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Incorporating Evidence-Based Approaches in Policing Practice

Heather Prince

    We typically fall short of testing many policing practices1.​ At times, we may try new programs and initiatives because they are considered best practices, or because another agency implemented them. However, this type of approach can be costly or harmful if carried out incorrectly. Without testing a new strategy, policy, or technology, confounding variables may keep us from knowing whether it works or is harmful2.​ Agencies’ resistance to testing is due, in part, to the slow nature of research. From start to finish, a research project can take a year or more to complete. Research findings might become dated before they are released — and when completed, research may still be hidden behind paywalls, making it difficult to access. 
In addition, police officers and others who deal directly with law enforcement issues are not typically involved in the research process, so the results produced can be perceived as irrelevant to their agencies. Exacerbating these challenges is the fact that many police departments in the United States still focus on the standard model of policing, typically characterized by the three R’s: random patrol, rapid response, and reactive investigations. This model is utilized because agencies have access to limited resources3.​ Furthermore, agencies may not yet be aware of the effective approach of targeting, testing, and tracking the data4.​ Additional challenges brought on by police unions, such as the fear of changes in working conditions ​and the fear ​that the data will be misinterpreted, often add to the roadblocks associated with implementing police experimentation. 

    How can we, as a field, encourage proper testing of the policies, protocols, and initiatives that we implement in our departments and derive results that are relevant to the goals we are trying to achieve in a timely manner? Here, we address the challenges that many departments face in implementing an evidence-based approach to policing and discuss solutions to these challenges. We also provide examples of studies that have overcome these challenges and produced data that helped agencies update their policies and practices to better meet the needs of officers, departments, and communities.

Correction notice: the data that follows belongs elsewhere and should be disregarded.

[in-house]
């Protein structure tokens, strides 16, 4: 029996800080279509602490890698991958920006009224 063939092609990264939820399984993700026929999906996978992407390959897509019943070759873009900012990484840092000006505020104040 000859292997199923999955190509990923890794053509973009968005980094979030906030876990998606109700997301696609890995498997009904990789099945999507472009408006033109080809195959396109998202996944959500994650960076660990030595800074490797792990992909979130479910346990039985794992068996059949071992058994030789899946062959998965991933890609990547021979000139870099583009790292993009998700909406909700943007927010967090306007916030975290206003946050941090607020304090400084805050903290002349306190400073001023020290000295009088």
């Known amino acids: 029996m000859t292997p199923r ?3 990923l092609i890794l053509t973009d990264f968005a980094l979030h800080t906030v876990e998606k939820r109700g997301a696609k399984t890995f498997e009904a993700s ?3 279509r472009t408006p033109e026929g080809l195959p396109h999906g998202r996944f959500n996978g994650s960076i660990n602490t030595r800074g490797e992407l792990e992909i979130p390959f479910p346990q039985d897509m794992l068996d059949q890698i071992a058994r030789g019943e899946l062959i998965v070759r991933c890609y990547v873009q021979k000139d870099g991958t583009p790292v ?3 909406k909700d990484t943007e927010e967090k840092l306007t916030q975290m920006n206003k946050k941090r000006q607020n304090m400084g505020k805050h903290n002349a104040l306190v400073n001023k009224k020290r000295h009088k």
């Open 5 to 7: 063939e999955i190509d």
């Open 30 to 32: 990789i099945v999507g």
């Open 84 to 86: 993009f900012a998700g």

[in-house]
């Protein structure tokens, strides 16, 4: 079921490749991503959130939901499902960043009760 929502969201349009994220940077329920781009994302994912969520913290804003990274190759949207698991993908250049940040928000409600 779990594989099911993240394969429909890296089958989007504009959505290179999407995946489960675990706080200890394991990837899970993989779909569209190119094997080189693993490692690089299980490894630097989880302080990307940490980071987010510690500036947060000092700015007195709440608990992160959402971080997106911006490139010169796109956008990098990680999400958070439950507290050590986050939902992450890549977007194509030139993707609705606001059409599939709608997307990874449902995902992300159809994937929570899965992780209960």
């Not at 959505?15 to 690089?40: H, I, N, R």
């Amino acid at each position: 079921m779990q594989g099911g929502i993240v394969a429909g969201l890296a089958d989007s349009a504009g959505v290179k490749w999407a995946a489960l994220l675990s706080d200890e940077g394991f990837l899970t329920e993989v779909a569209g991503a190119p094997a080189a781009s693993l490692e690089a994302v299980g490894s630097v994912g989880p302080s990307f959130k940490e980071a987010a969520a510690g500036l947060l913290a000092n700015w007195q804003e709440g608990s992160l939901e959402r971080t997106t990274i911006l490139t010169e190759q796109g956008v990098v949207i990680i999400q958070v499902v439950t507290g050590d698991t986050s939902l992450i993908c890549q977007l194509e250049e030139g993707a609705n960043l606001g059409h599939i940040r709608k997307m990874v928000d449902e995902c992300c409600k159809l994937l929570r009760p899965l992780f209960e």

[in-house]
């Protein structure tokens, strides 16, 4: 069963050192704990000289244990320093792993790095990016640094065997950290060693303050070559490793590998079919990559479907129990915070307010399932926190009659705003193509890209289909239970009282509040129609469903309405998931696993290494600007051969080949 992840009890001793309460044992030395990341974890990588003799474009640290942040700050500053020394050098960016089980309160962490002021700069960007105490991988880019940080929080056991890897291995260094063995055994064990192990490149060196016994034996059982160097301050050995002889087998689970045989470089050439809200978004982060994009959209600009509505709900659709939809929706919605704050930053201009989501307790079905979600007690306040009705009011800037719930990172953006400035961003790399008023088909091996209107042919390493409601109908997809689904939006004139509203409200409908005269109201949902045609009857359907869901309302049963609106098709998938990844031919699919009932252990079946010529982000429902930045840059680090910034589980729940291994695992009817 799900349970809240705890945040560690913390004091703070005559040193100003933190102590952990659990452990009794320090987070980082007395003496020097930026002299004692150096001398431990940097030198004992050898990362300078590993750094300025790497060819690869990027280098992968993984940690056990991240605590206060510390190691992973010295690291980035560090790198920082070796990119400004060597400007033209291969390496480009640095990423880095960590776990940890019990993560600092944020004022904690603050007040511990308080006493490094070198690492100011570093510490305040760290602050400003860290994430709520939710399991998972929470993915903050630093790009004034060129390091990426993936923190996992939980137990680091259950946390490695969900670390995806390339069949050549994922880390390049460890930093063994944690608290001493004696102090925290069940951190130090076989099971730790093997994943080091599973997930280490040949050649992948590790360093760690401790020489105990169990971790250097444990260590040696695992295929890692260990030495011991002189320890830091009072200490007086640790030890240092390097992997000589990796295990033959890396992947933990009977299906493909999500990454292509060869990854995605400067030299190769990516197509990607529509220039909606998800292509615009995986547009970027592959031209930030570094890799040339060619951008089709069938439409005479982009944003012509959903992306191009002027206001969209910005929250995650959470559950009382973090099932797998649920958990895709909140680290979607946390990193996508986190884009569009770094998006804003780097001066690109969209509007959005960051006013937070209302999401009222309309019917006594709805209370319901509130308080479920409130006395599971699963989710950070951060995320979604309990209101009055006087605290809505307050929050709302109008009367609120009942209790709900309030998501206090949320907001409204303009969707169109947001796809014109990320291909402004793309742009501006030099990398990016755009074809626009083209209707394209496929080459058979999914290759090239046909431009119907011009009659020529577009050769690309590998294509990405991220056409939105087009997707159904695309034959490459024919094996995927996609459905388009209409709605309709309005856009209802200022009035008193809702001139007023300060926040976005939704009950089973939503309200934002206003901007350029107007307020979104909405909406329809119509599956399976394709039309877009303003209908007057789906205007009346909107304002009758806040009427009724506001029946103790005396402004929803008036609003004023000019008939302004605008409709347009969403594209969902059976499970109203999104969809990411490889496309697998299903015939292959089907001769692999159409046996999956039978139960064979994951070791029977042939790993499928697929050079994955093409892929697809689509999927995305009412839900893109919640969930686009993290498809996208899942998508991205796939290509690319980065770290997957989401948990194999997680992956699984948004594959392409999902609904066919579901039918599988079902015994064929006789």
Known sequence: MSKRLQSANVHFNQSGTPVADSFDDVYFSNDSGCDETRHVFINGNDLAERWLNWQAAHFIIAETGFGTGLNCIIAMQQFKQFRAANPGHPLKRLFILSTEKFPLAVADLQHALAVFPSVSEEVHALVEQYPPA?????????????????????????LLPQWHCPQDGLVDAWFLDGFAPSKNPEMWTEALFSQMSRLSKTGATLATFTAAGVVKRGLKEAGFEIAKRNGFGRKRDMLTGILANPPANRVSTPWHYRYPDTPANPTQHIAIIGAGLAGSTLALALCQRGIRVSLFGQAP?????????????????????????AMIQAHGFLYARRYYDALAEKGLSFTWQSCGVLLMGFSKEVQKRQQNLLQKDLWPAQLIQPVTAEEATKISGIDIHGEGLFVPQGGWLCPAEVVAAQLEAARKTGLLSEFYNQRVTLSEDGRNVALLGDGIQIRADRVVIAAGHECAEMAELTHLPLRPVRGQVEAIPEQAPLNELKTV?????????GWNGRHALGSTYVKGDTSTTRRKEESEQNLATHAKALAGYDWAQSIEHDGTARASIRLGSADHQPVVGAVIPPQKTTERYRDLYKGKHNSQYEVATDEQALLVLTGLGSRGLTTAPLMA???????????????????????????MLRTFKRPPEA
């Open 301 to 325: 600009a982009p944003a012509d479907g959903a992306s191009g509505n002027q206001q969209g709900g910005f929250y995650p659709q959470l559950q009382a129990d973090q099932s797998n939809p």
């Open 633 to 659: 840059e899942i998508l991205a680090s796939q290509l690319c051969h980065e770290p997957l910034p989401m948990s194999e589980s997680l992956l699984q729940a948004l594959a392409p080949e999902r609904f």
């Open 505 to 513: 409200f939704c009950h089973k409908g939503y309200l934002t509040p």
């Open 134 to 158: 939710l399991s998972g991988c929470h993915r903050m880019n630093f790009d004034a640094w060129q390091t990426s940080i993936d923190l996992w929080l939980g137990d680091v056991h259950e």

The benefits of data-driven approaches to policing should seem obvious. Yet we still resistthose approaches due to a focus on the standard model of policing5.​ The goal for 
forward-thinking policing professionals is to have evidence-based policing be more accessible to the 18,000 police departments and 800,000 police officers in the United States. Instead of a concept championed by a few practitioners or academics, evidence-based policing might become part of the fabric of daily policing. Some believe that this could be achieved with reliable partnerships between crime analysts and researchers. Herman Goldstein, the father of problem-oriented policing, suggested in a conversation with Lawrence Sherman that for every 6​ 
100 police officers, there should be at least two crime analysts6.​ However, this would require an increased budget and a mandate to focus on data-driven/smart policing. Many smaller agencies could not afford this expense, which limits their ability to implement evidence-based approaches. Another challenge derives from agencies’ interest in and ability to implement evidence-based practices. Effective police efforts to reduce crime have included various strategies: hot spots policing, crime prevention through environmental design, situational crime prevention, “Koper” directed patrols7​ and various problem-oriented policing practices8.​ Despite these positive examples, many police departments throughout the United States still focus on random patrol. Any data collection or analysis that occurs is typically out of necessity and presumably rooted in hiring, staffing, and retention burdens.